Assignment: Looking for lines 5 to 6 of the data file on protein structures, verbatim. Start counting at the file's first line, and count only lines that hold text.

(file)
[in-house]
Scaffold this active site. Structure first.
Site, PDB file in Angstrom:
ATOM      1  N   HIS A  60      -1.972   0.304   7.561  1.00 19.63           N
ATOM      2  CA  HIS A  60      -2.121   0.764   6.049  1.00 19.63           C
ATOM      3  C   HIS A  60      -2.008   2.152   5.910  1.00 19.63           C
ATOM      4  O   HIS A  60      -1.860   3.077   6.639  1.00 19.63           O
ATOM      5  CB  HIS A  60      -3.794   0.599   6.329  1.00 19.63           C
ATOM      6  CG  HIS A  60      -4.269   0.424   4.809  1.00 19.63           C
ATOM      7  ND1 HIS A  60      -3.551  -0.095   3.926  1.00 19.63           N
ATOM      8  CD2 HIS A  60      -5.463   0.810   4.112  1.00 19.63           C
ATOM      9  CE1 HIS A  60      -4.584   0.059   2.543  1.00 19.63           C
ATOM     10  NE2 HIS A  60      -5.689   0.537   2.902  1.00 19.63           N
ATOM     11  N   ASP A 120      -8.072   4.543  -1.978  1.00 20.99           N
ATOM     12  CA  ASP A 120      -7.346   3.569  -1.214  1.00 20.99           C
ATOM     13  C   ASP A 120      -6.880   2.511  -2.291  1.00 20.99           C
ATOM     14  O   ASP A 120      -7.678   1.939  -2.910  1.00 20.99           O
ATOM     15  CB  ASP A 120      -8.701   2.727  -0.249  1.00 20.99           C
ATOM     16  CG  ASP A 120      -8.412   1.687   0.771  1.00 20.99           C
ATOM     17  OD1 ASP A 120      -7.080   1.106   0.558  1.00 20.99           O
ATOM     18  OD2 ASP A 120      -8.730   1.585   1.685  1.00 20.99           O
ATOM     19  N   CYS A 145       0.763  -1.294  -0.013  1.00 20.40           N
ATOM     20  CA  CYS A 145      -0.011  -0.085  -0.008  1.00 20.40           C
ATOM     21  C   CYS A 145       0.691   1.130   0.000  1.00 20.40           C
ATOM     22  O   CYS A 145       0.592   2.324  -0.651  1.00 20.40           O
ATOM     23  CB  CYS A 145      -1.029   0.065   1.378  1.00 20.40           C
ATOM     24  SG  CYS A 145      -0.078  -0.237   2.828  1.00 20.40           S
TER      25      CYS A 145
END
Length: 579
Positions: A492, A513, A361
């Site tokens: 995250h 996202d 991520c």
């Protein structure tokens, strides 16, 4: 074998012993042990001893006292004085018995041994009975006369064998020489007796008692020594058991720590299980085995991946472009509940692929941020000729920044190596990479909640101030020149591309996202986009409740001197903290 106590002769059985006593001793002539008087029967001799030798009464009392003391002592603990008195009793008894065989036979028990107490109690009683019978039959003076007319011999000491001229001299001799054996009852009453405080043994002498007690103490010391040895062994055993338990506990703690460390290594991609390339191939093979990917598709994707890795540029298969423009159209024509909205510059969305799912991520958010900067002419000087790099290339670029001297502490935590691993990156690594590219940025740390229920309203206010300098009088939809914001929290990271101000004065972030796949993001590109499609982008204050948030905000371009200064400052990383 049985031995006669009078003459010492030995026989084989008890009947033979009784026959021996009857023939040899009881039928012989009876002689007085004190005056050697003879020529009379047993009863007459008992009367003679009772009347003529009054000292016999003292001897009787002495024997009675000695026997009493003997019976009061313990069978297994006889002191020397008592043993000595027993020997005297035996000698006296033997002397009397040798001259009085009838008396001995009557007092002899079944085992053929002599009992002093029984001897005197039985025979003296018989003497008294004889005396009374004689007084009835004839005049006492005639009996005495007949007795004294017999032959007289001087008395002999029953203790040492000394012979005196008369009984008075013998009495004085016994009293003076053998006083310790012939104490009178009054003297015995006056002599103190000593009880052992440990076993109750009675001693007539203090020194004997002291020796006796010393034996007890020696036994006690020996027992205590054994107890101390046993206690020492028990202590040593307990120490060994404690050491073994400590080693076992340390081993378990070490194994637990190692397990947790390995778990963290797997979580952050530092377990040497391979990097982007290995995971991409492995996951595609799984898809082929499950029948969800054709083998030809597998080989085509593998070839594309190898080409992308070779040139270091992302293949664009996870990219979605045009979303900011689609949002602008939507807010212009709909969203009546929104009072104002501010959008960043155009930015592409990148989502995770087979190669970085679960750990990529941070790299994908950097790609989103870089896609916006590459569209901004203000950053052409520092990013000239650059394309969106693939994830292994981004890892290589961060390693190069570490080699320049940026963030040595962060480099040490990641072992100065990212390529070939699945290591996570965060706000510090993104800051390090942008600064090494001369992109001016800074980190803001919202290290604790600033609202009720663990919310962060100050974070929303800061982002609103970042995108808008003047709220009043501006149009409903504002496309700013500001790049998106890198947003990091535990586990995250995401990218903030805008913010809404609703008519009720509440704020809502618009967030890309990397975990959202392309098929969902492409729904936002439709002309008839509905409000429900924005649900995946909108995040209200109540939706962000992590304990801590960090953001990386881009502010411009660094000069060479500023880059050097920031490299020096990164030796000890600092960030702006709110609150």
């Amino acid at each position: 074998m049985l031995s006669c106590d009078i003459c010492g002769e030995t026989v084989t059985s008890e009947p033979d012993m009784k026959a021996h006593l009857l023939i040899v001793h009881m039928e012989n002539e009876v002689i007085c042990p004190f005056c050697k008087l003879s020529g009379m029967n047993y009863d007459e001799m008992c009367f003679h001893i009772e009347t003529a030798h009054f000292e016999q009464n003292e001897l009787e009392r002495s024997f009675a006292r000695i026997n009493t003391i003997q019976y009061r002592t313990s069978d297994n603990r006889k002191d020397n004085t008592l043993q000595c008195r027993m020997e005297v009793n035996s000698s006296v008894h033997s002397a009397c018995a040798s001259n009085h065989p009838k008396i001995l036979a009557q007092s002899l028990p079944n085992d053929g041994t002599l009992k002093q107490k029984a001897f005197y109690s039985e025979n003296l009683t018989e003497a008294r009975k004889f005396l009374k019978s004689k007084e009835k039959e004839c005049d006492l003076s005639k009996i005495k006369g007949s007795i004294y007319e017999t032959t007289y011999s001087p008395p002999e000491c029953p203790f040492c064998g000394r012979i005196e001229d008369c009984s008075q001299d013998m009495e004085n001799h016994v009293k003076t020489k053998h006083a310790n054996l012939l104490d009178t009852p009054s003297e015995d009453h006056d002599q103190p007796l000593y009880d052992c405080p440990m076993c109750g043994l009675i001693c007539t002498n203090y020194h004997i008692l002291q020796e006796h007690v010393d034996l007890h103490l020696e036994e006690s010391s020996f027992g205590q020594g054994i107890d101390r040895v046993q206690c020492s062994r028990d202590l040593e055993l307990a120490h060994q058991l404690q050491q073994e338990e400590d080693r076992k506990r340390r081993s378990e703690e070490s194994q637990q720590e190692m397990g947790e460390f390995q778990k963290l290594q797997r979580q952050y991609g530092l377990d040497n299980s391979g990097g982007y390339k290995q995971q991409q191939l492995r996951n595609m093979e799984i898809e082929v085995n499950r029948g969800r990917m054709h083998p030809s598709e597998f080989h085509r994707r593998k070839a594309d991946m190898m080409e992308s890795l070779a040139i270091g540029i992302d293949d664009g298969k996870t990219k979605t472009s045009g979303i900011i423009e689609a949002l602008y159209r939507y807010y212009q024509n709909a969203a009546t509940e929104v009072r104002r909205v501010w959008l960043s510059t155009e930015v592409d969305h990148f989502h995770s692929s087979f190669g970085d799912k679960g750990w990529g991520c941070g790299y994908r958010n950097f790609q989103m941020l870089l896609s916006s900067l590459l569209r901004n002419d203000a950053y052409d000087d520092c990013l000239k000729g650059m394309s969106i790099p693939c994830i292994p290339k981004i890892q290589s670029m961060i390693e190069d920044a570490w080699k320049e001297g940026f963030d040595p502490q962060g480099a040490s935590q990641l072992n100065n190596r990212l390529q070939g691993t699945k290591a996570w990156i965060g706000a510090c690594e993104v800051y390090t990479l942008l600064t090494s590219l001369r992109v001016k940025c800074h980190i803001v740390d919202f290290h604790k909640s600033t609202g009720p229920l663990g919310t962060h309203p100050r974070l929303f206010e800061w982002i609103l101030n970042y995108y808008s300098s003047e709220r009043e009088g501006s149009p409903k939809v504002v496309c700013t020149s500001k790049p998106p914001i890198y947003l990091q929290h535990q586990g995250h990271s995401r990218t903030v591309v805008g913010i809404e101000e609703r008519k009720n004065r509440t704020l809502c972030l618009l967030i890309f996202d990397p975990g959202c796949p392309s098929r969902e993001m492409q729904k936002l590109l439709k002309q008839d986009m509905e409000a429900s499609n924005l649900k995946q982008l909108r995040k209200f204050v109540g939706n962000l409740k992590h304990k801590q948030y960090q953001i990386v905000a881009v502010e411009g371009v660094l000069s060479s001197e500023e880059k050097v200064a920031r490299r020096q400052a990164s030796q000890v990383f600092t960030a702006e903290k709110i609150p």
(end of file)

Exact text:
ATOM      2  CA  HIS A  60      -2.121   0.764   6.049  1.00 19.63           C
ATOM      3  C   HIS A  60      -2.008   2.152   5.910  1.00 19.63           C